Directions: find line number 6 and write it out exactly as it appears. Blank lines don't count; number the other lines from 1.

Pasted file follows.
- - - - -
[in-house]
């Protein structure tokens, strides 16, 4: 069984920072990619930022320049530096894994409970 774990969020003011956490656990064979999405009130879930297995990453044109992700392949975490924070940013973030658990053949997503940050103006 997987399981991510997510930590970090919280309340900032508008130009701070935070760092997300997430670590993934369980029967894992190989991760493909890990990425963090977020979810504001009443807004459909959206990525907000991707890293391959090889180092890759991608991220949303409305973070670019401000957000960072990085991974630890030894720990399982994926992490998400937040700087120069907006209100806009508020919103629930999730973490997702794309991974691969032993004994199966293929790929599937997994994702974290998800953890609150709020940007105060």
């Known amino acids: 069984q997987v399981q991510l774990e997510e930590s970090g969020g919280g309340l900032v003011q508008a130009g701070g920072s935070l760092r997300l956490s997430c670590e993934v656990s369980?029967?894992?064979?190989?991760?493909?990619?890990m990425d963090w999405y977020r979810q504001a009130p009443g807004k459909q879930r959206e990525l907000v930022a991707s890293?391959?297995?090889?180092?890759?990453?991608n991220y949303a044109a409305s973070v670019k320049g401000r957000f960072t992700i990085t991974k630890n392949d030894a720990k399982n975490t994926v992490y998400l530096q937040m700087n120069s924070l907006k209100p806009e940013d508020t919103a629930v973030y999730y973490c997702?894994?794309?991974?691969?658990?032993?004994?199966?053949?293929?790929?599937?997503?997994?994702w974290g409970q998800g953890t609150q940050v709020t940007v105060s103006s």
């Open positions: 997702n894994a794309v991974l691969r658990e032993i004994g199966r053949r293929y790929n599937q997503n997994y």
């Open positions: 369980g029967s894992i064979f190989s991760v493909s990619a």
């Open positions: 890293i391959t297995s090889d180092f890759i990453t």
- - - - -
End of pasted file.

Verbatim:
């Open positions: 890293i391959t297995s090889d180092f890759i990453t």